Intro to AVS/Network Evaluation by YieldNest Risk Team

This post initiates a discussion on the emerging landscape of AVSs and how the YieldNest DAO can start to categorize and evaluate these systems both individually and as part of a portfolio of whitelisted AVS protocols. We will focus on key considerations for assessing risk and reward projections, which will be further elaborated in our forthcoming AVS Assessment Framework. Additionally, we plan to roll out a series of blog posts that will delve into specific aspects of EigenLayer and AVSs that all DAO members and YieldNest users should understand.

What is an AVS/Network

Actively Validated Services (AVSs) are blockchain-based systems that use the Ethereum PoS consensus mechanism, facilitated by EigenLayer, to boost their security and efficiency. These services engage Restakers and Node Operators, registered with EigenLayer, who execute tasks essential to the AVS’s functionality. By staking tokens and supplying computing resources, Restakers and Node Operators support the integrity and robustness of the AVS.

Unlike traditional Ethereum staking, where staked ETH solely maintains Ethereum's network consensus, AVSs utilize these assets and others to validate specific operations.

If a Restaker or a Node Operator acts against the AVS's slashing conditions, they face penalties through asset slashing, providing a crypto-economic incentive to adhere to the AVS's rules. Conversely, compliance with these rules ensures financial rewards from the AVS they support.

Why an AVS

Any application requiring trust may consider transforming into an AVS.

Using EigenLayer, developers can embed verifiable trust into their applications, turning them into AVSs. There are three forms of trust that application developers can leverage, as categorized by EigenLayer in their recent blog post, The Three Pillars of Programmable Trust: The EigenLayer End Game:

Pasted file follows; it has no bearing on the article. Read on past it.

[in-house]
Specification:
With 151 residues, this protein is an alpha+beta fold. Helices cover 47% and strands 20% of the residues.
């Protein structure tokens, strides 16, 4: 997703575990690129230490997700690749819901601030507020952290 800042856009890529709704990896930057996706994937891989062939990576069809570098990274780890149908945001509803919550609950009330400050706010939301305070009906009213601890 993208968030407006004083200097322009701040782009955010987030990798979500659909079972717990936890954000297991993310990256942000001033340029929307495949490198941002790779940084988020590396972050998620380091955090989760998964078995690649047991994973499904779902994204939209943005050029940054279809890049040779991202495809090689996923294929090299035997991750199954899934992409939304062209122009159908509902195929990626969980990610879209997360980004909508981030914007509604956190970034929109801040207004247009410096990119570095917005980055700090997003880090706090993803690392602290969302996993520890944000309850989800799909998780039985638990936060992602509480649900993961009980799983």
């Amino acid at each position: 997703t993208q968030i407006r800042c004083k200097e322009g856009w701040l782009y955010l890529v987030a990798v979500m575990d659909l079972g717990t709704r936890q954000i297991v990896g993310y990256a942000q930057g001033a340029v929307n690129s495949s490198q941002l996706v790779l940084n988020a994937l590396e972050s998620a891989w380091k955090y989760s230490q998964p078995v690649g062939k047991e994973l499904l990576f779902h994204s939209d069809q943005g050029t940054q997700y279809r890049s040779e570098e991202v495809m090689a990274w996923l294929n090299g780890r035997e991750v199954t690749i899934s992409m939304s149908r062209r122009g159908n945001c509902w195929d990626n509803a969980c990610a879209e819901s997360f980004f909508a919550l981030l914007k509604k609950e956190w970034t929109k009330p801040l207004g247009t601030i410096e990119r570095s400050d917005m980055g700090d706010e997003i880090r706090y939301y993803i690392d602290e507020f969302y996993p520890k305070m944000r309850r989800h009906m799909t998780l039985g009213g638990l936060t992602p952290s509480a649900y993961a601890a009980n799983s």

• Economic Trust - Trust derived from individuals making commitments and backing their promises with financial stakes. Economic trust is trust based in capital. These types of assurances are accepted when certain commitments are backed by financial stake at-risk that makes it irrational for a rational economic actor to behave badly.

  • Decentralized Trust - Trust sourced from a network operated by independent, geographically isolated operators. Decentralized trust is trust based in decentralization. These assurances derive from having a large and distributed enough validator set that you can be comfortable that they are not all colluding.

  • Ethereum Inclusion Trust - Trust that Ethereum validators will construct and include your blocks as promised, in accordance with the consensus software they operate. While the first and second trust models absorb the economics and decentralization of the Ethereum trust network, the fact that it is the Ethereum validators who restake enables a whole suite of powerful new features where you can experiment with new opt-in features to the Ethereum protocol without modifying the core Ethereum protocol. These opt-in features open up new proposer commitments on top of the existing proposer commitments from the consensus protocol.

How Does an AVS Work

An AVS functions by integrating with Ethereum's consensus layer via the EigenLayer protocol, enabling blockchain applications to utilize Ethereum's security features without establishing their own consensus mechanisms. This process involves:

  • Restaking on EigenLayer - AVSs leverage EigenLayer to restake Ethereum (ETH), or supported ERC20 tokens, via Restakers, directly connecting to Ethereum's security and validation mechanisms. This allows AVSs to achieve up to the same level of security as Ethereum’s native transactions, and perhaps more importantly, bootstrap security in an effective way.

  • Decentralized Consensus - Through decentralized consensus mechanism, an AVS's off-chain operations are independently validated while benefiting from Ethereum's extensive validator network.

  • Operator Involvement - Node operators secure AVS operations by restaking their ETH or supported ERC20 tokens on EigenLayer, via Restakers, receiving additional validation rewards from AVS operations on top of Ethereum rewards. This creates a financially incentivized ecosystem to support AVS networks.

  • Security and Efficiency - By connecting with Ethereum via EigenLayer, AVSs bypass the need for creating and managing separate consensus operations, significantly reducing vulnerability to attacks and operational costs.

  • Network Flexibility - AVSs are free to define their own slashing condition (i.e. what happens when an operator fails to comply with the AVS's requirements) and their own Restakers/Node Operators requirements (e.g. what assets can to be staked, how much, geographical location of operators, and more).

The technical essence of AVS operation lies in its innovative use of Ethereum's established security infrastructure through EigenLayer's restaking mechanism, facilitating a secure, efficient, and scalable validation process for blockchain applications outside the EVM scope.

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